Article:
A 'fresh' crater on the surface of Mars has been snapped by Nasa's HiRise camera onboard the Mars Reconnaissance Orbiter.
Nasa said the closeup image of the impact crater was photographed on March 30th and shows it is located in the Sirenum Fossae region of Mars.
The crater, which Nasa said is new in geological terms, is believed to be fresh because "it has a sharp rim and well-preserved ejecta" - or debris field surrounding it.
An ancient ocean on the surface of Mars held more liquid water than the Earth's Arctic Ocean, scientists believe.Read the full story ›
A British woman who has been shortlisted to travel to Mars has described the feeling as "like queuing up for a rollercoaster".
Clare Weedon is one of five Brits down to the final 100 people who could be chosen for the one-way trip.
The 27-year-old told ITV News: "It's like queuing up for a rollercoaster - you're terrified but you're so excited."
The doomed Beagle 2 Mars probe may have been spotted near its intended landing site on the Red Planet, according to reports.
The UK Space Agency announced that it would provide an "update" on the ill-fated craft, which vanished while attempting a Christmas Day landing on the planet in 2003, in a briefing on Friday but is refusing to discuss in advance what will be revealed.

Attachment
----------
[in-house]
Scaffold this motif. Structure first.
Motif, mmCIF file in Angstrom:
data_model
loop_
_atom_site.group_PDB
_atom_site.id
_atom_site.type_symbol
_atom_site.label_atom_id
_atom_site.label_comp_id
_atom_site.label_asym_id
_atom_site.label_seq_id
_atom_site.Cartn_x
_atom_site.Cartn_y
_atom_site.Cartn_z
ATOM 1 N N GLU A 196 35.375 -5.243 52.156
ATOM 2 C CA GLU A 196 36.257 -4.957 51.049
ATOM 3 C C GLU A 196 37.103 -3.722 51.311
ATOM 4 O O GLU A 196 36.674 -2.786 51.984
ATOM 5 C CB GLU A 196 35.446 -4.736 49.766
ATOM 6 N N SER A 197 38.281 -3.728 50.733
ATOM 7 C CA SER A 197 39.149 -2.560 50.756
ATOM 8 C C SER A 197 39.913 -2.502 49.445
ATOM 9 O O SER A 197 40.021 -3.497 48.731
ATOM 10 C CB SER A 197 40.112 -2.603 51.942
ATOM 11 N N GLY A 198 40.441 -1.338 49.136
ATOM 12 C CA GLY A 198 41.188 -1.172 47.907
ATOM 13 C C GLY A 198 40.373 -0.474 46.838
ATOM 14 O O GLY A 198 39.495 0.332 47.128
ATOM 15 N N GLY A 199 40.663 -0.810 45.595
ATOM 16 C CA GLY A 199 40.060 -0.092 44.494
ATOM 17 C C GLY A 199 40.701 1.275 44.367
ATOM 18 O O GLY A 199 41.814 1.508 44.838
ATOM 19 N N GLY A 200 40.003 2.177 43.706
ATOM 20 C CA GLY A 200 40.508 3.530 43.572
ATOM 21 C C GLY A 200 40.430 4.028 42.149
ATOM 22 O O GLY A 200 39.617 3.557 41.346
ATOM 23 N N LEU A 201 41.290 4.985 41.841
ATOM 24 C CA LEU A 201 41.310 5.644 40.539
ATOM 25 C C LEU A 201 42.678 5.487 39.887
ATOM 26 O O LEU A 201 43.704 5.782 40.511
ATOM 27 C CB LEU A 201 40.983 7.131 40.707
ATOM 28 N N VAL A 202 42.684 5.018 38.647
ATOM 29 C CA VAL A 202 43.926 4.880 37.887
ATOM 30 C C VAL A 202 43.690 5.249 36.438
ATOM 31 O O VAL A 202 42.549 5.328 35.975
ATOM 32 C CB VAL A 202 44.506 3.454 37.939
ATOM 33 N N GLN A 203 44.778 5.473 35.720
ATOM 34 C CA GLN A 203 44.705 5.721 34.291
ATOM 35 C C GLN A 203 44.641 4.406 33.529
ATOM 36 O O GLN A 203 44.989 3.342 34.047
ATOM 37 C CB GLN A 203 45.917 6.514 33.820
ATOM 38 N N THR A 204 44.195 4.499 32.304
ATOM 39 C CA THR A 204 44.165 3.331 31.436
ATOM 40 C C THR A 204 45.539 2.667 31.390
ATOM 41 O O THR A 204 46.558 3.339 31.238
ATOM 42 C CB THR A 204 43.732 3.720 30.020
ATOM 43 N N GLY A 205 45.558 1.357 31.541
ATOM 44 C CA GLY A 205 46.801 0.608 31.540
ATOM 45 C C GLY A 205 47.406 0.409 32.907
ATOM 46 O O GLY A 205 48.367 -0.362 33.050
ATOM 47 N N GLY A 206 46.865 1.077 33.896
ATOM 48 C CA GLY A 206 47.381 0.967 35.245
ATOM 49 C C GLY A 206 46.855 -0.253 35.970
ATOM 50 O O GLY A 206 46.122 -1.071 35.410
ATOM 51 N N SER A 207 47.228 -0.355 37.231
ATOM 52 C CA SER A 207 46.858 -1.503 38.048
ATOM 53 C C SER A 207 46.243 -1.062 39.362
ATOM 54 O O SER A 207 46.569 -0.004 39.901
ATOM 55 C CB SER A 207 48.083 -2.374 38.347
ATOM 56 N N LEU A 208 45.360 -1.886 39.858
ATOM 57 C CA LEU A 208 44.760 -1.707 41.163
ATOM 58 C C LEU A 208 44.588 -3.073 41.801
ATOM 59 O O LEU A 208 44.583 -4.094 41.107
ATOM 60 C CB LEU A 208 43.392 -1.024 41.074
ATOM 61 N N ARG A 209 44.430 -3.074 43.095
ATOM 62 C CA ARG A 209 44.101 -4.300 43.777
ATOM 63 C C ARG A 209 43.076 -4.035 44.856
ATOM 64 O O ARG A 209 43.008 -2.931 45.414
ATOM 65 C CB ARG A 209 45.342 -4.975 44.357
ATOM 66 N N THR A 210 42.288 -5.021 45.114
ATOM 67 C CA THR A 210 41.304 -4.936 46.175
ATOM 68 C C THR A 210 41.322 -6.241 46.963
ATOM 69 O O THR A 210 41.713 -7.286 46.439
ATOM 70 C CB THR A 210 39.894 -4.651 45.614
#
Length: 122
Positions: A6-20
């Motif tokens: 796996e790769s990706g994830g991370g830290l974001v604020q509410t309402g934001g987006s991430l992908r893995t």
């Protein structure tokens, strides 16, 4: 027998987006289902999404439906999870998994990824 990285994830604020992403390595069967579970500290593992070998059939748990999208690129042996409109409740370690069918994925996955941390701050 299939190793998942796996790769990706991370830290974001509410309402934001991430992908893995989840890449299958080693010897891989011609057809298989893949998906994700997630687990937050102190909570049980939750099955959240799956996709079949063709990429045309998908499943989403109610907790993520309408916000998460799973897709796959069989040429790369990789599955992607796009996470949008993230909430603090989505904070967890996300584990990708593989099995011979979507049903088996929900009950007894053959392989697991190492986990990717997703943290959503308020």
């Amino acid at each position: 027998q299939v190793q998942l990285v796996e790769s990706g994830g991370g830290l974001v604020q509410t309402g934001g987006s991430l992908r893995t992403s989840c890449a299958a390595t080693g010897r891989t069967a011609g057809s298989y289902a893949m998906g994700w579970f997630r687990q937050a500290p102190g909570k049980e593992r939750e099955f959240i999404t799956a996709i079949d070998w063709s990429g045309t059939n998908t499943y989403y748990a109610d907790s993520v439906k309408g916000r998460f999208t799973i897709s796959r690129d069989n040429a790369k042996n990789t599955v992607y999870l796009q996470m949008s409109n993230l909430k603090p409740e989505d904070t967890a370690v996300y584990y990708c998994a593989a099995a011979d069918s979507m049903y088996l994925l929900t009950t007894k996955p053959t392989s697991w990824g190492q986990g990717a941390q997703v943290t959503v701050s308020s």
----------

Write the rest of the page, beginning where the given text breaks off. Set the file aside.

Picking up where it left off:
But according to the Times, a senior space scientist who has had sight of the images of Nasa's Mars Reconnaissance Orbiter said they showed an object "about the right shape and in about the right place" to be the lost lander.
The paper's source added: "It tells us how close it got to the right landing spot and that it was in one piece."
A spacecraft that could one day take astronauts to Mars will undergo an historic unmanned test flight today.Read the full story ›
Charles Bolden believes the exploration of Mars could be crucial - and tells ITV News he thinks it likely a Brit will reach the Red Planet.Read the full story ›
The Mars Orbiter Mission cost around three-quarters of the amount it took to make Oscar-winning movie 'Gravity'.Read the full story ›
The Indian space agency's low-cost mission to Mars has successfully entered the red planet's orbit on Wednesday, making India the first country to carry out such a project in its maiden attempt.
The success of the Mars Orbiter Mission, praised for its relatively low price tag of $74 million (£45 million), will boost India's 50-year-old space programme that newly-elected Prime Minister Narendra Modi aims to expand with better infrastructure and technology.